Student loan debt is pushing an increasing number of young people and their parents toward bankruptcy, according to a survey.
More than four-fifths of bankruptcy attorneys say they've seen a notable jump in the number of potential clients with student-loan debt in the past few years, with nearly half the lawyers reporting a significant increase in such cases, according to a survey released Tuesday by the National Association of Consumer Bankruptcy Attorneys.
Nearly one-quarter of the attorneys surveyed say the number of potential student loan clients have risen 50 percent to 100 percent, while another 39 percent of lawyers report spikes of 25 percent to 50 percent.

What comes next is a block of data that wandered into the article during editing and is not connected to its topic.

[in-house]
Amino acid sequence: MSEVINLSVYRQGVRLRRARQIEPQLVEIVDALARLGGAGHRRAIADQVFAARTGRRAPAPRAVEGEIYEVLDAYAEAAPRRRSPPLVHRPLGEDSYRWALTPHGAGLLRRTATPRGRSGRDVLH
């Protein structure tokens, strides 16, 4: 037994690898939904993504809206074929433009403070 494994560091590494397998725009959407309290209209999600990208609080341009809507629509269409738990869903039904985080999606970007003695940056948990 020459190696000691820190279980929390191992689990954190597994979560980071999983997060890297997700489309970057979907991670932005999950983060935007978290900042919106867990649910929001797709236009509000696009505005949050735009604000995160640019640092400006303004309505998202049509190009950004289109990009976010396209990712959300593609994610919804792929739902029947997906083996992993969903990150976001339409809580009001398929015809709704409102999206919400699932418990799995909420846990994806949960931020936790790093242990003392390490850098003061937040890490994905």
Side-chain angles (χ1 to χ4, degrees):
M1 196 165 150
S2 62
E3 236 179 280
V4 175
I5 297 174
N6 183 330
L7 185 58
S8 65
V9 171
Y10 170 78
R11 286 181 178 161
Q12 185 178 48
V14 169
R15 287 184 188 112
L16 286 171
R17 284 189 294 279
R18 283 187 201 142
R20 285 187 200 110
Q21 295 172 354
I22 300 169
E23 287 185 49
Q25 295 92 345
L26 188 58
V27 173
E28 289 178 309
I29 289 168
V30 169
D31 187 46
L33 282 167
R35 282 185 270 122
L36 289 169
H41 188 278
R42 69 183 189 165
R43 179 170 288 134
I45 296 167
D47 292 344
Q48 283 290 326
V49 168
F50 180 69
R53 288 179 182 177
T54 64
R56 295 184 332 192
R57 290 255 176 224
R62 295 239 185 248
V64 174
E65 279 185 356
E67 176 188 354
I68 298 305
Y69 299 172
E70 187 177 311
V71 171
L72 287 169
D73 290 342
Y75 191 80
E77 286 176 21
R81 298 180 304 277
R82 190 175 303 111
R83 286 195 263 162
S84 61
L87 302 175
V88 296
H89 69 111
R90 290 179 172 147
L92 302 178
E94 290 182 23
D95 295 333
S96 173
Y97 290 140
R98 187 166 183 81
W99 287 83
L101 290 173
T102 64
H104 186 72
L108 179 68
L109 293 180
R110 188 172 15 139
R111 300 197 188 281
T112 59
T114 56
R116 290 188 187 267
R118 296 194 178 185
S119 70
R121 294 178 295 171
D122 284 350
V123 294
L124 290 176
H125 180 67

Student debt is rising for obvious reasons: steadily spiraling college costs, financial-aid cutbacks at public universities and a stubbornly weak economy that's making it difficult for graduates to find jobs.
Student-loan debt is brutal for people who can't pay it off. Unlike many other forms of personal debt, student loans cannot be discharged in bankruptcy, meaning the debt can hang over students well into their adult lives.
The bankruptcy lawyers group, which issued a report on student-loan debt along with its survey results, says student loans could spur a financial crisis similar to the mortgage meltdown.
"Take it from those of us on the front line of economic distress in America," said William E. Brewer Jr., the group's president. "This could very well be the next debt bomb for the U.S. economy."